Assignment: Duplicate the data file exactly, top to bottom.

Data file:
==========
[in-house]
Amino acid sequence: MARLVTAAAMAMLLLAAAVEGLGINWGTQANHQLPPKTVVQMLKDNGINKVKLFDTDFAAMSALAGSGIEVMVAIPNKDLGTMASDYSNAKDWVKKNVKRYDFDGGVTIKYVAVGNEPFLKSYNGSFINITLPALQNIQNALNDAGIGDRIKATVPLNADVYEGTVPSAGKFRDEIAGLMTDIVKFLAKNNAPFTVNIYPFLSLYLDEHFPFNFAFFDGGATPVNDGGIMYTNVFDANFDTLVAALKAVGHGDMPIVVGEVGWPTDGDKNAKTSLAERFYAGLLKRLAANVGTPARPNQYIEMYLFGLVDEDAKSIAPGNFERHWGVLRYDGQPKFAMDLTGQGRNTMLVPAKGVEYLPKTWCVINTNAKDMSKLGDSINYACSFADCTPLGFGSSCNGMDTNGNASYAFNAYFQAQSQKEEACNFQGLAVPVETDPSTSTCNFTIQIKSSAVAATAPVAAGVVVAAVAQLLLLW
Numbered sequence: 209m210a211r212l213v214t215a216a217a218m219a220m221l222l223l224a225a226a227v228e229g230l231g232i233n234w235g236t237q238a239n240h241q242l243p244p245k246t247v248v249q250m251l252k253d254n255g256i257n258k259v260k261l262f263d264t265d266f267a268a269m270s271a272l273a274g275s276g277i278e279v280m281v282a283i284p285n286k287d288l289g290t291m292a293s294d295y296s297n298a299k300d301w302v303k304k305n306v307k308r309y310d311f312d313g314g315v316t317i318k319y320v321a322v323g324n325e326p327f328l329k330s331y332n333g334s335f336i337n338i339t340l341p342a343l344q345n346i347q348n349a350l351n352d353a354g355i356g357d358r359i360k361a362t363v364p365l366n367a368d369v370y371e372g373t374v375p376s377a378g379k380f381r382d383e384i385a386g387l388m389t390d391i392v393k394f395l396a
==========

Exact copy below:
[in-house]
Amino acid sequence: MARLVTAAAMAMLLLAAAVEGLGINWGTQANHQLPPKTVVQMLKDNGINKVKLFDTDFAAMSALAGSGIEVMVAIPNKDLGTMASDYSNAKDWVKKNVKRYDFDGGVTIKYVAVGNEPFLKSYNGSFINITLPALQNIQNALNDAGIGDRIKATVPLNADVYEGTVPSAGKFRDEIAGLMTDIVKFLAKNNAPFTVNIYPFLSLYLDEHFPFNFAFFDGGATPVNDGGIMYTNVFDANFDTLVAALKAVGHGDMPIVVGEVGWPTDGDKNAKTSLAERFYAGLLKRLAANVGTPARPNQYIEMYLFGLVDEDAKSIAPGNFERHWGVLRYDGQPKFAMDLTGQGRNTMLVPAKGVEYLPKTWCVINTNAKDMSKLGDSINYACSFADCTPLGFGSSCNGMDTNGNASYAFNAYFQAQSQKEEACNFQGLAVPVETDPSTSTCNFTIQIKSSAVAATAPVAAGVVVAAVAQLLLLW
Numbered sequence: 209m210a211r212l213v214t215a216a217a218m219a220m221l222l223l224a225a226a227v228e229g230l231g232i233n234w235g236t237q238a239n240h241q242l243p244p245k246t247v248v249q250m251l252k253d254n255g256i257n258k259v260k261l262f263d264t265d266f267a268a269m270s271a272l273a274g275s276g277i278e279v280m281v282a283i284p285n286k287d288l289g290t291m292a293s294d295y296s297n298a299k300d301w302v303k304k305n306v307k308r309y310d311f312d313g314g315v316t317i318k319y320v321a322v323g324n325e326p327f328l329k330s331y332n333g334s335f336i337n338i339t340l341p342a343l344q345n346i347q348n349a350l351n352d353a354g355i356g357d358r359i360k361a362t363v364p365l366n367a368d369v370y371e372g373t374v375p376s377a378g379k380f381r382d383e384i385a386g387l388m389t390d391i392v393k394f395l396a